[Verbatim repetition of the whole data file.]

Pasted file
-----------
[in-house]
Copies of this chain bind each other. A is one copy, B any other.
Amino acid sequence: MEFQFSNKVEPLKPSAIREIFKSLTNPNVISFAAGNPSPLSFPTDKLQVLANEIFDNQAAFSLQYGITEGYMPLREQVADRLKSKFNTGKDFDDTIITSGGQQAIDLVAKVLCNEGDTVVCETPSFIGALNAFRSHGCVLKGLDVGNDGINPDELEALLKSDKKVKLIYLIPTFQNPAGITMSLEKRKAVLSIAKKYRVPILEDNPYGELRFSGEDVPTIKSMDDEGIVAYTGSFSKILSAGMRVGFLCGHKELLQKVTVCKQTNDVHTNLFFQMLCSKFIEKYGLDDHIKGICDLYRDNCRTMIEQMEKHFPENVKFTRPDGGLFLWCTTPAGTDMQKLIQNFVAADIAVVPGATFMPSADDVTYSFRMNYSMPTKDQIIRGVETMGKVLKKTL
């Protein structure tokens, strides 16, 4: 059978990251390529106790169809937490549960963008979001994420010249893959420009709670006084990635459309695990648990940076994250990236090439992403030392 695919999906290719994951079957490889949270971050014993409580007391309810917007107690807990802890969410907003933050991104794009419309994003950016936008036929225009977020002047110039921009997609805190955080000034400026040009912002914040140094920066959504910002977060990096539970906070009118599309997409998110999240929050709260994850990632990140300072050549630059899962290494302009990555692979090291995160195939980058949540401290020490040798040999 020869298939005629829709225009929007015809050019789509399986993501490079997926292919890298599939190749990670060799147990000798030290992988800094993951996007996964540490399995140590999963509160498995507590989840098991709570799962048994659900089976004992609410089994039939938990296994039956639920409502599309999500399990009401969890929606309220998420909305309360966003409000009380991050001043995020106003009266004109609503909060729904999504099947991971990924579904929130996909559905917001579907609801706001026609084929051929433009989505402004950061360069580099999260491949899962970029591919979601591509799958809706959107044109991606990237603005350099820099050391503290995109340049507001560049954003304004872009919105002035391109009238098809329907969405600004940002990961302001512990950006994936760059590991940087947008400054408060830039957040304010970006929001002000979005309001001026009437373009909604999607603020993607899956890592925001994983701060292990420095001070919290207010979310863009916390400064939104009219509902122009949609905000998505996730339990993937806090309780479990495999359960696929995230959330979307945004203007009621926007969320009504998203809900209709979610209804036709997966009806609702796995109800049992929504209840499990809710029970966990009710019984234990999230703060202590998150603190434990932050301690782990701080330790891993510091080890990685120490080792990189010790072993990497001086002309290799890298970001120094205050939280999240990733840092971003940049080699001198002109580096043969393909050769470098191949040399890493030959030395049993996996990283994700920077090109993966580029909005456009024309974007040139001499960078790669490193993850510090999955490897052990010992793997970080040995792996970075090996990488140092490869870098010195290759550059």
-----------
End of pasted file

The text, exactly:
[in-house]
Copies of this chain bind each other. A is one copy, B any other.
Amino acid sequence: MEFQFSNKVEPLKPSAIREIFKSLTNPNVISFAAGNPSPLSFPTDKLQVLANEIFDNQAAFSLQYGITEGYMPLREQVADRLKSKFNTGKDFDDTIITSGGQQAIDLVAKVLCNEGDTVVCETPSFIGALNAFRSHGCVLKGLDVGNDGINPDELEALLKSDKKVKLIYLIPTFQNPAGITMSLEKRKAVLSIAKKYRVPILEDNPYGELRFSGEDVPTIKSMDDEGIVAYTGSFSKILSAGMRVGFLCGHKELLQKVTVCKQTNDVHTNLFFQMLCSKFIEKYGLDDHIKGICDLYRDNCRTMIEQMEKHFPENVKFTRPDGGLFLWCTTPAGTDMQKLIQNFVAADIAVVPGATFMPSADDVTYSFRMNYSMPTKDQIIRGVETMGKVLKKTL
């Protein structure tokens, strides 16, 4: 059978990251390529106790169809937490549960963008979001994420010249893959420009709670006084990635459309695990648990940076994250990236090439992403030392 695919999906290719994951079957490889949270971050014993409580007391309810917007107690807990802890969410907003933050991104794009419309994003950016936008036929225009977020002047110039921009997609805190955080000034400026040009912002914040140094920066959504910002977060990096539970906070009118599309997409998110999240929050709260994850990632990140300072050549630059899962290494302009990555692979090291995160195939980058949540401290020490040798040999 020869298939005629829709225009929007015809050019789509399986993501490079997926292919890298599939190749990670060799147990000798030290992988800094993951996007996964540490399995140590999963509160498995507590989840098991709570799962048994659900089976004992609410089994039939938990296994039956639920409502599309999500399990009401969890929606309220998420909305309360966003409000009380991050001043995020106003009266004109609503909060729904999504099947991971990924579904929130996909559905917001579907609801706001026609084929051929433009989505402004950061360069580099999260491949899962970029591919979601591509799958809706959107044109991606990237603005350099820099050391503290995109340049507001560049954003304004872009919105002035391109009238098809329907969405600004940002990961302001512990950006994936760059590991940087947008400054408060830039957040304010970006929001002000979005309001001026009437373009909604999607603020993607899956890592925001994983701060292990420095001070919290207010979310863009916390400064939104009219509902122009949609905000998505996730339990993937806090309780479990495999359960696929995230959330979307945004203007009621926007969320009504998203809900209709979610209804036709997966009806609702796995109800049992929504209840499990809710029970966990009710019984234990999230703060202590998150603190434990932050301690782990701080330790891993510091080890990685120490080792990189010790072993990497001086002309290799890298970001120094205050939280999240990733840092971003940049080699001198002109580096043969393909050769470098191949040399890493030959030395049993996996990283994700920077090109993966580029909005456009024309974007040139001499960078790669490193993850510090999955490897052990010992793997970080040995792996970075090996990488140092490869870098010195290759550059």